How to Care for Canna Plants


Canna plants, popular since Victorian times for their tropical foliage, feature striking flowers and large leaves similar to banana plants. Individual leaves reach up to 6 feet long and appear in shades of bronze, green, blue-green, burgundy and variegated. Canna plants reach up to 5 feet tall, though dwarf varieties only reach about 2 feet tall. Canna flowers appear in shades of pink, red, orange or yellow, depending on the variety. Tall, exotic and colorful, canna plants thrive throughout the United States, though they require special winter care in cooler climates.

Step 1

Plant cannas during early spring, just after the danger of frost has passed. Select a planting location that receives full sunlight and consists of moist, well-drained soil. Space canna plants 18 to 24 inches apart to allow room for their mature size.

Step 2

Water once every 10 days during spring, summer and fall to keep the soil from drying out completely. Increase the frequency of watering to once per week during periods of dry weather. Soak the soil surrounding the plant to a depth of 4 to 5 inches at each watering.

Step 3

Feed canna plants twice per year, once in spring and again during mid-summer, using a balanced 10-10-10 NPK fertilizer. Apply following the manufacturer's instructions for the best results and water lightly after application to prevent root burn.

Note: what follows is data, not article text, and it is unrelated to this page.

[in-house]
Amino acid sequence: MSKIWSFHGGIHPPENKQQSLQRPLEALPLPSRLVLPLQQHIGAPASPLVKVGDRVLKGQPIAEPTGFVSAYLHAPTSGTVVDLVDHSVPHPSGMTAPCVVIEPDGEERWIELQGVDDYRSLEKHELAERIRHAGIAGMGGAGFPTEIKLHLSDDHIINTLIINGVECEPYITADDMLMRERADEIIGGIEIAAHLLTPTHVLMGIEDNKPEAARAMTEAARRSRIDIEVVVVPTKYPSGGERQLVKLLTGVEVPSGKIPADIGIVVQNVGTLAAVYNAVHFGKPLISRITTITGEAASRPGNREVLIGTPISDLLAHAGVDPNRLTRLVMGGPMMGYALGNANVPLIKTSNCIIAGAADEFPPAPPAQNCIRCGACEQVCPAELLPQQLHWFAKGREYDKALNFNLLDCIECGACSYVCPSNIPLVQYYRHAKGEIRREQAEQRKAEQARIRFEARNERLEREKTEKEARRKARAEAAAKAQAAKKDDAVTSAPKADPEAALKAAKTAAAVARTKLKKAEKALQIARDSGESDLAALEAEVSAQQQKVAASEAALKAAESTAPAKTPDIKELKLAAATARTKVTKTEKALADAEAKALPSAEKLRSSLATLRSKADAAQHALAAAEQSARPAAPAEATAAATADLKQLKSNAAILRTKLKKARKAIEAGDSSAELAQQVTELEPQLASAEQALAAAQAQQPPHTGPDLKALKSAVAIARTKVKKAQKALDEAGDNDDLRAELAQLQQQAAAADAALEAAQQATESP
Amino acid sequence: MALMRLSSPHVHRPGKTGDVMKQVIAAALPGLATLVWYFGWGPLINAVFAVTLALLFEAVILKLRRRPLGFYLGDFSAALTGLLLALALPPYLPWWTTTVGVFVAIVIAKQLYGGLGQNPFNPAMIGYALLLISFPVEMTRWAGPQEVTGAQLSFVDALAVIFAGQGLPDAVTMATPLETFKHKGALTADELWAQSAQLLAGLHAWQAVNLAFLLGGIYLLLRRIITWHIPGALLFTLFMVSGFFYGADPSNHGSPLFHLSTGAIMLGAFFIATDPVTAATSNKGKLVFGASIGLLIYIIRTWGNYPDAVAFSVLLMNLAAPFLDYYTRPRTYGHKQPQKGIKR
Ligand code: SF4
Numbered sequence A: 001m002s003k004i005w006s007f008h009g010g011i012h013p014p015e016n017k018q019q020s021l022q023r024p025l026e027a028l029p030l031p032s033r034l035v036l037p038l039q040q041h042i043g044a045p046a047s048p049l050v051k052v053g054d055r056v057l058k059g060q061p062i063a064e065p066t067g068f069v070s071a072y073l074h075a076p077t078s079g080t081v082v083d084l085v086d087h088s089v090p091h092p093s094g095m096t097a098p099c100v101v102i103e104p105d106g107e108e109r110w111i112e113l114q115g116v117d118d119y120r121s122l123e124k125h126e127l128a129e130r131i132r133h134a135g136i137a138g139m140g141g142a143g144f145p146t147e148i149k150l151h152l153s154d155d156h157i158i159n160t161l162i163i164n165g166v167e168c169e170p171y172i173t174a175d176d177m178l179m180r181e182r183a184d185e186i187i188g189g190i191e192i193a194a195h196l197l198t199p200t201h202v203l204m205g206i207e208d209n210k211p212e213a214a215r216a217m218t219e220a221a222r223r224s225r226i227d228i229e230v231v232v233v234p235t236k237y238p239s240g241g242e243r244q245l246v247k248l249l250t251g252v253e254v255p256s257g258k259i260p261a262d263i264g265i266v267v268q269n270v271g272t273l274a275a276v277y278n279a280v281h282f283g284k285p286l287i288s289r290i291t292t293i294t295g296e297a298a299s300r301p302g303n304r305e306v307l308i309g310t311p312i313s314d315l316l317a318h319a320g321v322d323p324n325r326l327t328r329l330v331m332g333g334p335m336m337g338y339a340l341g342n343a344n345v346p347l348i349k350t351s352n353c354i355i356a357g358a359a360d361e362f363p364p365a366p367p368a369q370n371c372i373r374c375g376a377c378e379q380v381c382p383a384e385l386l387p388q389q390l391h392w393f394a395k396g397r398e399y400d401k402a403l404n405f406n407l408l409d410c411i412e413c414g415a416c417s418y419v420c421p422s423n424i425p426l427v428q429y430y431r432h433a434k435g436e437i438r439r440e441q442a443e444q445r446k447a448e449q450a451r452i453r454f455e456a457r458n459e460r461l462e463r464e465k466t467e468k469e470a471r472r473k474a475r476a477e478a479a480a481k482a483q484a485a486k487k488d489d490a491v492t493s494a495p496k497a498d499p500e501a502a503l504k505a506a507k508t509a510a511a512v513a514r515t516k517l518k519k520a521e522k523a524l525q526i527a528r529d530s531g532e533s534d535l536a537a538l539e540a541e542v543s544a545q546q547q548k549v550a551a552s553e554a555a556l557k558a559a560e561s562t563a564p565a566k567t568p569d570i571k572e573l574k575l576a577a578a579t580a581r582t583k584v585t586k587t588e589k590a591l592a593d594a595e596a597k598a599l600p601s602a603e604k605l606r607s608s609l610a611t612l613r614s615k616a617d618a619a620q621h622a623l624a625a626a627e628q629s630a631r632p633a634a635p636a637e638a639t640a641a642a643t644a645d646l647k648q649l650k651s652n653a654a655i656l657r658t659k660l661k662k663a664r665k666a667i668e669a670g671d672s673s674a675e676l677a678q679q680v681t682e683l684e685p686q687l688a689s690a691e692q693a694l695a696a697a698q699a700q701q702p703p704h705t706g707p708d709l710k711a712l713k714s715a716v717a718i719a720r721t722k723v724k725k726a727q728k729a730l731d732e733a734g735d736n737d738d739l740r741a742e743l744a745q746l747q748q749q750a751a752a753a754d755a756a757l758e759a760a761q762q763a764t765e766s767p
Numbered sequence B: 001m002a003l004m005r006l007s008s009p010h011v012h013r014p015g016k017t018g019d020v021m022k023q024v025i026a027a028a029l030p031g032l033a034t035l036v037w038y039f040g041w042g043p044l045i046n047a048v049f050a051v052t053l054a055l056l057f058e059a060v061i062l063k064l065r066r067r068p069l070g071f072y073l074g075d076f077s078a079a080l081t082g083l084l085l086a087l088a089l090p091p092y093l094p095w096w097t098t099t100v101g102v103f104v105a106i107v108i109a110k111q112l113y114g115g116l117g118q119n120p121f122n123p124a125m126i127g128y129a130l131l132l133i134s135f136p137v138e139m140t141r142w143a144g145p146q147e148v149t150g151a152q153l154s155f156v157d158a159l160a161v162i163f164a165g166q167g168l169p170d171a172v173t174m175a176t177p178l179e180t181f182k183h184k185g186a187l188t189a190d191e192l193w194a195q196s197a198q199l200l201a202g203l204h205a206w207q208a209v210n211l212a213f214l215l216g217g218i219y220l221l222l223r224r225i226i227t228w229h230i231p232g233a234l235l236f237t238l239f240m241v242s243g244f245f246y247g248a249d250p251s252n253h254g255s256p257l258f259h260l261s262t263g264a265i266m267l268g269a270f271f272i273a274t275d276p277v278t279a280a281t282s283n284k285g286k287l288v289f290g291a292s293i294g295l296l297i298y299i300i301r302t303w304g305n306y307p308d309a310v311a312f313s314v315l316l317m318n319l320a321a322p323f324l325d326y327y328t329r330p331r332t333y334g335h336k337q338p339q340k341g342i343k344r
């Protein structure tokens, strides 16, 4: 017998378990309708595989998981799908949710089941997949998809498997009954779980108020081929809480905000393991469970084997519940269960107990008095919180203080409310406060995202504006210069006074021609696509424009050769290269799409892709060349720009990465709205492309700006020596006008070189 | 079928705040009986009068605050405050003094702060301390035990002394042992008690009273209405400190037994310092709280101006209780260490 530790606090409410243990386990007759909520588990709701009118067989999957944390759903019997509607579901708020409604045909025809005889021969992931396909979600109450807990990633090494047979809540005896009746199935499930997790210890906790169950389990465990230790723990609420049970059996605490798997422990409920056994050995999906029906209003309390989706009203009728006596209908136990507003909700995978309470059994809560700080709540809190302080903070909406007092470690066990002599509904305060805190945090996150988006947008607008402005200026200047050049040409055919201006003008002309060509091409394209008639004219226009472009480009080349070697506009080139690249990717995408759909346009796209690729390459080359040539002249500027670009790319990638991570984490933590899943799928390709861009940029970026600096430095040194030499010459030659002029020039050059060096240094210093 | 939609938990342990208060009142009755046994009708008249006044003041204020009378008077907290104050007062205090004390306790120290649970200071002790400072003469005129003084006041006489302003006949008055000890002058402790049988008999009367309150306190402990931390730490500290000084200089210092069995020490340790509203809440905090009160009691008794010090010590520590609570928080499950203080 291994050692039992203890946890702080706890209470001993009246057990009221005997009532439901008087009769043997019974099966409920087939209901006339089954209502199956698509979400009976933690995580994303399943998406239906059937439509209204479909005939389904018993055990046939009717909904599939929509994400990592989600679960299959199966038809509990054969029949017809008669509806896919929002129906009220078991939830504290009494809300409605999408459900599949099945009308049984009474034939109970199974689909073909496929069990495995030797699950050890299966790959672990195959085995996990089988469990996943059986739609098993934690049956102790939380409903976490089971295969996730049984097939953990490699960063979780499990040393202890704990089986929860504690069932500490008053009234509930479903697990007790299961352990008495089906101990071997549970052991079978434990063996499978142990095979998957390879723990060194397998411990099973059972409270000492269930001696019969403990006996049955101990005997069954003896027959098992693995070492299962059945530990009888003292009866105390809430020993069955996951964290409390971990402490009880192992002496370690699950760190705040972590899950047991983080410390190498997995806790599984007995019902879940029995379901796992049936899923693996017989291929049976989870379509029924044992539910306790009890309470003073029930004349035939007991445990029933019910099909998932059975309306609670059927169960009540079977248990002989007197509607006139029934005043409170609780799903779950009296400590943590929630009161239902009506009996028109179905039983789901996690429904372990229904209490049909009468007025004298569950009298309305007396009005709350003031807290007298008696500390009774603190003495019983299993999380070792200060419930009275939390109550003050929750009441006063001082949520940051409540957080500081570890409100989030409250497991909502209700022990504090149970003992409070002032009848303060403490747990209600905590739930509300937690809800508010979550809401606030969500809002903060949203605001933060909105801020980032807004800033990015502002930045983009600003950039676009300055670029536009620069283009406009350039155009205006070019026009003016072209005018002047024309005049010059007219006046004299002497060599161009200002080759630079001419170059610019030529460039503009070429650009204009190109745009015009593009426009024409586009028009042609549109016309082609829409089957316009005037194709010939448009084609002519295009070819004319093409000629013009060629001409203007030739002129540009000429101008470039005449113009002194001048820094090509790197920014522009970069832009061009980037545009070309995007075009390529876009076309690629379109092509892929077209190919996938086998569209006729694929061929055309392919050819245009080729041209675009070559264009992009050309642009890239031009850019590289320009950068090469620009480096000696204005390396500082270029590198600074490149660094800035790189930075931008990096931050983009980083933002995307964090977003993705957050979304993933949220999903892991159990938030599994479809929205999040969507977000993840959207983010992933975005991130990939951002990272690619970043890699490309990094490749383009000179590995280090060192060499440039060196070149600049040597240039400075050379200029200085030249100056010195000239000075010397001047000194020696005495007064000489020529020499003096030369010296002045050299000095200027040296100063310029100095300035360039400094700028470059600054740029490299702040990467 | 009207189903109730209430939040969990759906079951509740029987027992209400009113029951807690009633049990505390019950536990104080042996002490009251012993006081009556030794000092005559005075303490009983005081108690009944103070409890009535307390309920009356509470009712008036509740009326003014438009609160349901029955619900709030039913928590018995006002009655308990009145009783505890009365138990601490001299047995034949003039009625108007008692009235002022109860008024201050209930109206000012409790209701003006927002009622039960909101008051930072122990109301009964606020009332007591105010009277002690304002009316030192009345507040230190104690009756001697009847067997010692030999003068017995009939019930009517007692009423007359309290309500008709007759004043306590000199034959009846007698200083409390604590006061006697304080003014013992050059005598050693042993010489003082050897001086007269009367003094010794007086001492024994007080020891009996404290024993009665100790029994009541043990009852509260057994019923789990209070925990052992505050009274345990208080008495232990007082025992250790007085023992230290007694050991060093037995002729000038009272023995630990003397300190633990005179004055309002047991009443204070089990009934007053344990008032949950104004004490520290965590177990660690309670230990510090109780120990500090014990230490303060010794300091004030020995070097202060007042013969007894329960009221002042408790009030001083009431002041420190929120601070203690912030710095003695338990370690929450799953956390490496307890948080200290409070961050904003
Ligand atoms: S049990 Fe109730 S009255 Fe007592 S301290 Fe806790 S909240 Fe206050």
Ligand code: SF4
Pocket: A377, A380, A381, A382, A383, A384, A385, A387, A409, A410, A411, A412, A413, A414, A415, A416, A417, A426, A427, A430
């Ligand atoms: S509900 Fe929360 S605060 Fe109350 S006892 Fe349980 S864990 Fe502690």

Step 4

Remove dead or faded canna flowers whenever possible to increase the appearance and health of the plant. Pinch off the old blossoms by hand near where they meet the stem to reduce damage to the plant and ease the process of re-blooming.

Step 5

Cut back canna plants to ground level after the first heavy frost of fall, using garden shears. In zones cooler than 8, dig up the rhizomes with a shovel and pack in a container of garden soil. Store in a well-ventilated room for the duration of winter. Replant the rhizomes the following spring, after the risk of frost has passed.

Things You'll Need

  • Fertilizer
  • Garden soil
  • Garden shears
  • Shovel
  • Container


  • Iowa State University: Growing Cannas in the Home Garden
  • Cornell University Flower Growing Guides: Canna Lily
  • "Georgia Gardener's Guide;" Erica Glasener, Walter Reeves; 2004

Who Can Help

  • United States National Arboretum: USDA Plant Hardiness Zone Map
Keywords: canna plants, canna plant care, growing cannas

About this Author

Willow Sidhe is a freelance writer living in the beautiful Hot Springs, AR. She is a certified aromatherapist with a background in herbalism. She has extensive experience gardening, with a specialty in indoor plants and herbs. Sidhe's work has been published on numerous Web sites, including